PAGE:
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The Hoya Merrillii of the Apocynaceae family is perhaps one of the most beautiful cultivars of Hoyas. It is known quite fondly in the gardening community, especially for its gorgeous leaves that give off a reddish hue when they get high amounts of sunlight.
While caring for this plant is mostly a no-brainer, it is still essential to get the basics down right so you can give your hoya genus plant a healthy home, and this article is meant to do just that.
JUMP TO TOPIC
- What Is Hoya Merrillii?
- Hoya Merrillii Plant Care
- Water Requirements
- Light Requirements
- Soil Requirements
- Temperature Requirements
- Humidity Requirements
- Fertilizing Requirements
- Pruning Requirements
What Is Hoya Merrillii?
The Hoya Merrillii is a native of the Philippines, is one of the most breathtakingly beautiful plants in the Hoya genus. It depends on other plants for support to climb. You can grow it in pots that dangle from a hook and give it a support pole.
Hoya Merrillii Plant Care
Given that they require less upkeep than other plants, this Hoya is one of the simpler plants to grow. This plant must be kept in soil that drains well, which can be prepared using a combination of perlite, orchid bark, potting mix, and horticultural charcoal. Please put it in filtered, bright sunlight for healthy growth.
A typical amount of water is required for this Hoya to survive. Never water the plant too frequently as this can result in overwatering it. To get a good notion of when to water your plant, you should wait until the soil has dried up completely before giving it another watering.
We suggest you only water your plants once the soil has dried out and after letting them go without water for a few days.
The plant must be kept dry and receive lots of sunlight as winter approaches. There is a good probability that the plant will contract fungus if the winter months are not spent keeping it dry. But after winter, you need to start giving your plant higher humidity levels and more frequent waterings.
The amount of water needed for this Hoya increases during the summer because of the excessive heat. Keeping your soil moist for most summer days won’t make your roots decay.
You can leave the plant outside during spring to rest for a bit so that it can absorb some precipitation and sunlight for growth. The flowers bloom throughout the spring and summer; therefore, it’s important to give them some brief exposure to direct sunlight.
The Hoya like to be kept under filtered sunshine. The plant may endure brief exposure to direct sunlight; however, continuing to do so will result in burns and yellowing of the leaves.
This plant needs some direct sun exposure, but this is only the case when sunlight isn’t too harsh and hot. Ideally, the spring sun is the best for direct exposure. Spend at least two hours each day exposing your Hoya to the sun. In the summer, keeping your plant away from the harsh sun is better to avoid scorching the leaves.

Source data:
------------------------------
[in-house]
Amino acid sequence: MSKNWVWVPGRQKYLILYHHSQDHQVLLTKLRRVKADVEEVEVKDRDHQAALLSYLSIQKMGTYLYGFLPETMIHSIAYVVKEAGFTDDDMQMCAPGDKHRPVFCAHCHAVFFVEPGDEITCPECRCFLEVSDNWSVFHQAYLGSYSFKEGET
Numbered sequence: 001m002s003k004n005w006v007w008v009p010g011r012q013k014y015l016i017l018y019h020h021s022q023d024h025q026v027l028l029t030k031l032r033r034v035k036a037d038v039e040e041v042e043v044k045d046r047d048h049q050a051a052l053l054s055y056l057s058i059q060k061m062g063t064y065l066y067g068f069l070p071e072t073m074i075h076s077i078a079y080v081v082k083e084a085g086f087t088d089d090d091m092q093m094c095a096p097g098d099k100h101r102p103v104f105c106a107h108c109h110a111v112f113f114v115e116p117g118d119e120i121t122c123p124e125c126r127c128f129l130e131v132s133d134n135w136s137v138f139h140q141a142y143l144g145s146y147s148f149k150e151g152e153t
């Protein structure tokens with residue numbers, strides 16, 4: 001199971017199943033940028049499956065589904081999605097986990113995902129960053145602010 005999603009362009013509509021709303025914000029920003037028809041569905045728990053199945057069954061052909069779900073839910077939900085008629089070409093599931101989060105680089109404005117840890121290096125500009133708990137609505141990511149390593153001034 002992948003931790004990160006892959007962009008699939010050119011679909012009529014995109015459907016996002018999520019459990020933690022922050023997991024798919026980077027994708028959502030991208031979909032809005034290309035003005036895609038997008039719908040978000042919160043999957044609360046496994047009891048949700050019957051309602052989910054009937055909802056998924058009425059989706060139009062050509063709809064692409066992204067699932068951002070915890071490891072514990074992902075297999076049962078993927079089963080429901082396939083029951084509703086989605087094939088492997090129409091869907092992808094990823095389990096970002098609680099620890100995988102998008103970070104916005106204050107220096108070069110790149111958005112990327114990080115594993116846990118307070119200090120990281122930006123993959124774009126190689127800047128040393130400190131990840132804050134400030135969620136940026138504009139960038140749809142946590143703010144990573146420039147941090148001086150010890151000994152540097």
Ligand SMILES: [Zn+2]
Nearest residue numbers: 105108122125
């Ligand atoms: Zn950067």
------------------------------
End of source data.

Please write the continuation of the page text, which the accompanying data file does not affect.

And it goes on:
This Hoya is not particular about the potting mix it likes. Your plant will thrive as long as it is given the correct soil that drains correctly.
It helps your plant grow by keeping extra water from remaining in the soil, so you can use any indoor potting mix or locate a soil mix with a blend of chunky and porous materials.
The roots may rot if the plant is overwatered or if the soil has not been kept in a well-draining condition. For your Hoya, you can alternatively mix the soil can be of different things such as orchid bark, or container fillers, you may add charcoal which can be used in gardens not the type that is used for grilling, and lastly you can use perlite for the roots to be nurtured and thriving.
Nonetheless, it is important for you to note that you also need to take care of other things besides the soil mixture. You must maintain your plant in pH-appropriate soil. This Hoya thrives on soil with a pH range of 6.1–6.5 (slightly acidic) to 6.6–7.5. (which is neutral). The USDA hardiness range for this plant is 11a to 11b.
The temperature should be maintained at 40 to 50 degrees Fahrenheit (4.4 to 4.4 degrees Celsius) (10 degrees Celsius).
This Hoya can survive in outdoor temperatures; however, it is better to maintain them at or below room temperature to maximize their longevity.
Hoyas come in a variety of varieties, and each one has a particular preference for humidity levels. In this case, the plant prefer to be maintained in environments with humidity levels of about 60 percent. Although it won’t grow as quickly, the plant can still thrive at domestic humidity levels.
Humidity is an extremely important growth factor for this plant, and maintaining optimal humidity levels ensures that your plant stays healthy and matures well. Therefore, if the humidity is low, misting your Hoya can help raise it.
However, it is important to remember that you must be cautious with your misting; you must mist your plant sparingly and not excessively to maintain the humidity of the plant.
Since this Hoya has long leaf is an epiphytic plant, it can absorb nutrients through its leaf, which allows it to do so even while it ascents up a supporting plant. The best fertilizers for Merrillii are the slow-release ones that gradually release nutrients into the soil to avoid overburdening and overfeeding your plant.